MILA, a subprime wholesale lender based in Mountlake Terrace, WA just north of Seattle, closed it’s doors Friday afternoon, leaving the remaining 100+ employees (down from 600 last fall) only 15 minutes to check their emails and clear out their desks. MILA had been making staff reductions as far back as February of 2006.
The Seattle Times reports that a potential buyer of the company spent a week wandering around MILA headquarters, but no deal materialized.
Real estate agents: Loans in process but not yet funded now must be resubmitted to other lenders.
For your reading entertainment, here are a couple of articles from the archives. The ad on the left is promoting a pay-option ARM.
Despite forecasts of gloom and doom, broker innovations have kept the future bright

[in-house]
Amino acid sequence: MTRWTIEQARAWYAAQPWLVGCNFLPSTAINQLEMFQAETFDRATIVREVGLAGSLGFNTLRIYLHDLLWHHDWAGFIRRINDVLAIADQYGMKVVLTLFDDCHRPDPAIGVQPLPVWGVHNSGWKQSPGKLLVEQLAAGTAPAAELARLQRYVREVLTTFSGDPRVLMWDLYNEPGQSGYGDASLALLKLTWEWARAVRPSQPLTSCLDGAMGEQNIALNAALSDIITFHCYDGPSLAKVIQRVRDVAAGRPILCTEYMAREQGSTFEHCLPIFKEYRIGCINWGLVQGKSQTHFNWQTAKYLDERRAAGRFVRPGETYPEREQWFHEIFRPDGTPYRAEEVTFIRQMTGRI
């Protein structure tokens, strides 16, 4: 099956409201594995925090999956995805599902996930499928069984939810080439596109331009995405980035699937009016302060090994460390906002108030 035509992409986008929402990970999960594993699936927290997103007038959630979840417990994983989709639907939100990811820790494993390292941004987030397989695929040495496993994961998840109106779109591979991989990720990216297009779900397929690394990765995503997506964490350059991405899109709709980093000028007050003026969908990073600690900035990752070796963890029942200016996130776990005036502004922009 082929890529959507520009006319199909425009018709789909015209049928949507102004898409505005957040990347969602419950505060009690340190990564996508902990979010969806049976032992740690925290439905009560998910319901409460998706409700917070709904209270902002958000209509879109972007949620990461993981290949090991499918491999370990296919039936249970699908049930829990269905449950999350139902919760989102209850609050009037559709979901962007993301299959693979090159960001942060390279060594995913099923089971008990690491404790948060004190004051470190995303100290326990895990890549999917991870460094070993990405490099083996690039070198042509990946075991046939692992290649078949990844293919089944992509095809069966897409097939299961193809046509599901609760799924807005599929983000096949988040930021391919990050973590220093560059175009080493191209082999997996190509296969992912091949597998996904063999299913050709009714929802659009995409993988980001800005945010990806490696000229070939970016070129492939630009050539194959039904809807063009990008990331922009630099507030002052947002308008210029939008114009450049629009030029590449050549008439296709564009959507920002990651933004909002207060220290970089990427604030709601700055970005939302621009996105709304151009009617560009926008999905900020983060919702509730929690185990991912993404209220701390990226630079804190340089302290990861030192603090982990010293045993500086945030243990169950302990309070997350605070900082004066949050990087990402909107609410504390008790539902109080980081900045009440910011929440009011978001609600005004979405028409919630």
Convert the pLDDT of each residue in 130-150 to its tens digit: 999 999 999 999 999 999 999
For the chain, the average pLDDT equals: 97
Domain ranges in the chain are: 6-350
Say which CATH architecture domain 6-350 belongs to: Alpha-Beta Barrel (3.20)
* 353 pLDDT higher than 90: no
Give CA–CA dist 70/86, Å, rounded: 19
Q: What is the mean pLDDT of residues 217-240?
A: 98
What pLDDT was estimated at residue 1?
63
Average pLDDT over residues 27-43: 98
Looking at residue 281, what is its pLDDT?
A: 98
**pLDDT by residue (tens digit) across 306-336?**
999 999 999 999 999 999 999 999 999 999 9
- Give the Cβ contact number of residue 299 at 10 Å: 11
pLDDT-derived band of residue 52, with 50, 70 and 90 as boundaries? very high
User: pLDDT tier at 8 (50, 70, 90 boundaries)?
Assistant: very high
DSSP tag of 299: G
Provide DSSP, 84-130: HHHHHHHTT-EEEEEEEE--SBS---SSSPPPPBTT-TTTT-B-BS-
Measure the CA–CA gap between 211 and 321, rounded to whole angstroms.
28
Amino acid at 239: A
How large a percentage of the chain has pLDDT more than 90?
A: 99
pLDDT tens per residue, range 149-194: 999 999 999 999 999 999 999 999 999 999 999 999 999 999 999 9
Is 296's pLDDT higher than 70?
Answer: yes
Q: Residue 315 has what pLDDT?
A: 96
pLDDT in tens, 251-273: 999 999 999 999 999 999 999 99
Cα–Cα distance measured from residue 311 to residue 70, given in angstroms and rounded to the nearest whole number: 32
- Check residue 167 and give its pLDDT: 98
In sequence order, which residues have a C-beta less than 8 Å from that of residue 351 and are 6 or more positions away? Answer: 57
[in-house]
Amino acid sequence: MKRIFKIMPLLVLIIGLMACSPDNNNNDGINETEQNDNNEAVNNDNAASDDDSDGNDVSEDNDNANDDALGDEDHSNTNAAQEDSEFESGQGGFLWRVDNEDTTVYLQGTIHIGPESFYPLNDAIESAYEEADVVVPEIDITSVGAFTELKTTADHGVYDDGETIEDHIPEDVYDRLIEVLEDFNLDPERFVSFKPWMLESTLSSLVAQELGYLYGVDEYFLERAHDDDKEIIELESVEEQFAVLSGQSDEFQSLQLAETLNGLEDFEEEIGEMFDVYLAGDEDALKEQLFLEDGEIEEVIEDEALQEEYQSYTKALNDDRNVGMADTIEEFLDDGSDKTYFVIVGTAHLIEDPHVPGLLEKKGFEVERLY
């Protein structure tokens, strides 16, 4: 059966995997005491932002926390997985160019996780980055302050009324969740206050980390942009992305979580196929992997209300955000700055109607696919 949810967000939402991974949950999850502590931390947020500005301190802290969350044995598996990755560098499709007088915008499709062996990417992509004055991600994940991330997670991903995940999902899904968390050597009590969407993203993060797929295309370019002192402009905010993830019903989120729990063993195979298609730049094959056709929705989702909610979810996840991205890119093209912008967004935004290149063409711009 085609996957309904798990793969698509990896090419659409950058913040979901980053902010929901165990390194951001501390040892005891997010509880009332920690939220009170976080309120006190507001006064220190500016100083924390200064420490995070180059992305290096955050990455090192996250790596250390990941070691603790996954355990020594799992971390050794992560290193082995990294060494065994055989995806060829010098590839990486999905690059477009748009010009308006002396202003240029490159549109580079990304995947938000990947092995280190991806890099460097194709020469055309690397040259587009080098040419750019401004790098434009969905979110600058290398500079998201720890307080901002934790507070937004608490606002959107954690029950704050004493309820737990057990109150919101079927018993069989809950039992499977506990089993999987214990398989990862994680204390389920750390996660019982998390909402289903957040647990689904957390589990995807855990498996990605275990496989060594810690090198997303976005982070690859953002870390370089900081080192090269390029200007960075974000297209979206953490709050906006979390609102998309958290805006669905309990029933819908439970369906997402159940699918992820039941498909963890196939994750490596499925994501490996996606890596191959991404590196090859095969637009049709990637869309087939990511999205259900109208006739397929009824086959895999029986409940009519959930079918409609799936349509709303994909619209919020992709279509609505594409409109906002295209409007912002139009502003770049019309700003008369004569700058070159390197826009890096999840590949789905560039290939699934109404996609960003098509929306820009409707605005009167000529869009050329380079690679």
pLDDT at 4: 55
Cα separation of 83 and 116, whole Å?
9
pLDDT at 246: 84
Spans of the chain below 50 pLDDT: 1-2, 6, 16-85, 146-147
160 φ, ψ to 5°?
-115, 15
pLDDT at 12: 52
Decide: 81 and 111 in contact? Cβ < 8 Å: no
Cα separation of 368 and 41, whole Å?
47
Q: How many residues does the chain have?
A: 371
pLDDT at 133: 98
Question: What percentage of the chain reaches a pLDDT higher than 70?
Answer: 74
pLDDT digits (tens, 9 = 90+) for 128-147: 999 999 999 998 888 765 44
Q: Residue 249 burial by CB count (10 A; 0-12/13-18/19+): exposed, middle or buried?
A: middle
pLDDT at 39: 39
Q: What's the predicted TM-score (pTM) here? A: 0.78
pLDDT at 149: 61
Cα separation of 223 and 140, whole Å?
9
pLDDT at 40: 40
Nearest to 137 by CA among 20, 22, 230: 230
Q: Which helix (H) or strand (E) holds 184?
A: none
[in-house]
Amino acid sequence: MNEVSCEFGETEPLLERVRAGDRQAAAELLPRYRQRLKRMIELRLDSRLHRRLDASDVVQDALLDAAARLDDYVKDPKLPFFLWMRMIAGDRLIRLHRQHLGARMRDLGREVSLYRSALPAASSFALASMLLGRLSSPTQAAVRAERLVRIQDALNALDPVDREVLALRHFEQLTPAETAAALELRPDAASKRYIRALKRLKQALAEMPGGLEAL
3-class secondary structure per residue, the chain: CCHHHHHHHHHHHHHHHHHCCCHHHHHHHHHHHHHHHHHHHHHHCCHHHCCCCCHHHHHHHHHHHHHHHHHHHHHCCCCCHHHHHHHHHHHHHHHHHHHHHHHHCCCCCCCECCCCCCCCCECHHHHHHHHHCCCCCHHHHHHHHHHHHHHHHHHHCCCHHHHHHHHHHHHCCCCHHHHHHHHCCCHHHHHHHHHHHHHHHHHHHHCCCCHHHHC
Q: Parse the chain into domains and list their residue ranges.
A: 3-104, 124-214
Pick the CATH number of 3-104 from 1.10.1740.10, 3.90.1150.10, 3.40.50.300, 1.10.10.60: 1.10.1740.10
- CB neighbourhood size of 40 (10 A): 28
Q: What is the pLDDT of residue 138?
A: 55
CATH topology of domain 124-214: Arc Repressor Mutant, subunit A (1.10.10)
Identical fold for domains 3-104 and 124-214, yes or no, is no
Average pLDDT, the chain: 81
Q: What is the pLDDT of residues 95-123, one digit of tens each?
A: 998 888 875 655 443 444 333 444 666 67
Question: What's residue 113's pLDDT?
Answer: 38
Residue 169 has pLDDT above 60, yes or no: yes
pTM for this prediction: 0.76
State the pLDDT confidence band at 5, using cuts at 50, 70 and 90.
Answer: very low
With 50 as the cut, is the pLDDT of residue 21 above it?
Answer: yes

Layne Sapp, Founder and CEO, MILA Inc.
2005 Entrepreneur of the Year
Local Lending Company Soars
After Flying Under the Radar
Seattle Times Oct 2004
When MILA first started out here locally, they ONLY worked the hard money side of the business. When subprime loan originations skyrocketed, so did MILA’s growth. When the subprime market started to fold this spring, MILA ceased doing subprime loans and instead focused only on the Alt-A and Prime mortgage market. However, there is now tremendous competition for Alt-A and Prime loans.
I question whether or not the company had any duties to notify employees and the general public that they were running out of cash. On the one hand, the company owes duties to its shareholders and any potential buyer NOT to speak too soon about problems that may have a negative effect on the value of the company, especially if cash problems appear to be temporary. On the other hand, what about duties of good faith owed to the general public or to its employees?